As the cost of labor shoots up, businesses will be left scrambling to make ends meet to stay profitable. The CBO reports, “business owners would be able to pass a substantial and, over time, increasing share of those cost increases on to consumers in the form of higher prices.” 

This could easily set off a chain reaction throughout the economy. Can you, the consumer, really afford to see prices you depend on to go up? With this governmental wage manipulation, real family income decreases by $9 billion or 0.1 percent according to the CBO. If costs rise without any rise in true added value, consumption will naturally decrease. All individual action is self-interested, so if there is an additional cost, but no increase in value, consumption will decrease. If people consume less, then businesses sell less product, make less money, and struggle to survive. The small businesses and “mom and pop” shops cannot stay afloat with increased labor costs forcing prices to rise. They will lose their small customer base because their product cannot survive with the big box stores. The result: a shrinking economy.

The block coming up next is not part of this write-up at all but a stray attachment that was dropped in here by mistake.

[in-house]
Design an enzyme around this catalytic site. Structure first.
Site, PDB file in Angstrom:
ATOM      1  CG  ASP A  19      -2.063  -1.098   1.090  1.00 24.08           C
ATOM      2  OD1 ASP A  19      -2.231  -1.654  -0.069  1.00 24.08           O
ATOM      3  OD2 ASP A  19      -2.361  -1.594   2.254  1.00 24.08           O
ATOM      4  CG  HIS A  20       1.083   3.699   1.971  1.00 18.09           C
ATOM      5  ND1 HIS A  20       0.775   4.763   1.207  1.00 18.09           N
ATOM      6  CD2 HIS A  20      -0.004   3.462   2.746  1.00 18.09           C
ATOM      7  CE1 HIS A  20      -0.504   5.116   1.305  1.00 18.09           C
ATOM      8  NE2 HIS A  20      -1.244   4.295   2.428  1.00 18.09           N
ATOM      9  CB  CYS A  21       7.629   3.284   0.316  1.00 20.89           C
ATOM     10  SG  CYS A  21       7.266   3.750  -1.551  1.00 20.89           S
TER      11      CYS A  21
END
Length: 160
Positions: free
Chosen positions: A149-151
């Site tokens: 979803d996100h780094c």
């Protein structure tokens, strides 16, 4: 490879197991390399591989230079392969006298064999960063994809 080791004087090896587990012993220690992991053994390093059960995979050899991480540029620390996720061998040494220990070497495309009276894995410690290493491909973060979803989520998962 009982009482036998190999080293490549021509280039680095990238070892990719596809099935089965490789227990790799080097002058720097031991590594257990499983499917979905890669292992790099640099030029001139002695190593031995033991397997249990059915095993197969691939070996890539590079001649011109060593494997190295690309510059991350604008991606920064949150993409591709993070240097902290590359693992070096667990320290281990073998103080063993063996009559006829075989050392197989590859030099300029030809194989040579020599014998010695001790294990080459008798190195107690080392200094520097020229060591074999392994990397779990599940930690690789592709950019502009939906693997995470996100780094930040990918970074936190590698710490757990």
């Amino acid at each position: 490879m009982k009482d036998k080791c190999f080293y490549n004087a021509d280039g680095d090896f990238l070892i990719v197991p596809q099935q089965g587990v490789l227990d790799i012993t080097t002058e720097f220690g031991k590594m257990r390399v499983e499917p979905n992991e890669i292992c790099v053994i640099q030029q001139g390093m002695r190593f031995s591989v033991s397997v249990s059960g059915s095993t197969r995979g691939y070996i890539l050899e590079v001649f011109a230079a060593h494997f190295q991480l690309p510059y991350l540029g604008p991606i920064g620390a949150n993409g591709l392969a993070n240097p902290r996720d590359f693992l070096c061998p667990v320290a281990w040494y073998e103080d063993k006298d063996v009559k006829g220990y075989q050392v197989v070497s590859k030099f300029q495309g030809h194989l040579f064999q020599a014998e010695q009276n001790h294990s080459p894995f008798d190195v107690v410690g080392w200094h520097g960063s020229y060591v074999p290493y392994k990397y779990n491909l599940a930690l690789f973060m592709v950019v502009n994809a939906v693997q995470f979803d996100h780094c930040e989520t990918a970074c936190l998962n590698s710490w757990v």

When You’re Forced To Overpay For Labor, You Replace It With Automation

When businesses are forced by the government to raise wages and the labor is expendable, businesses innovate to save money. Low-skilled workers are the ones who will be substituted for first –  just look to the fast food industry. For example, a cashier at typical fast food restaurant provides a value of roughly around $8 – $10 per hour to the businesses. If the wage is required by law to be $15 per hour, restaurants face an easy business decision. The franchises will survive by installing the new kiosks around the country to do the work of a low-skilled laborer. For example, McDonald’s plans to install kiosks in all their stores by 2020. The cold, hard reality is that worker does not provide $15 per hour of value to their bottom line.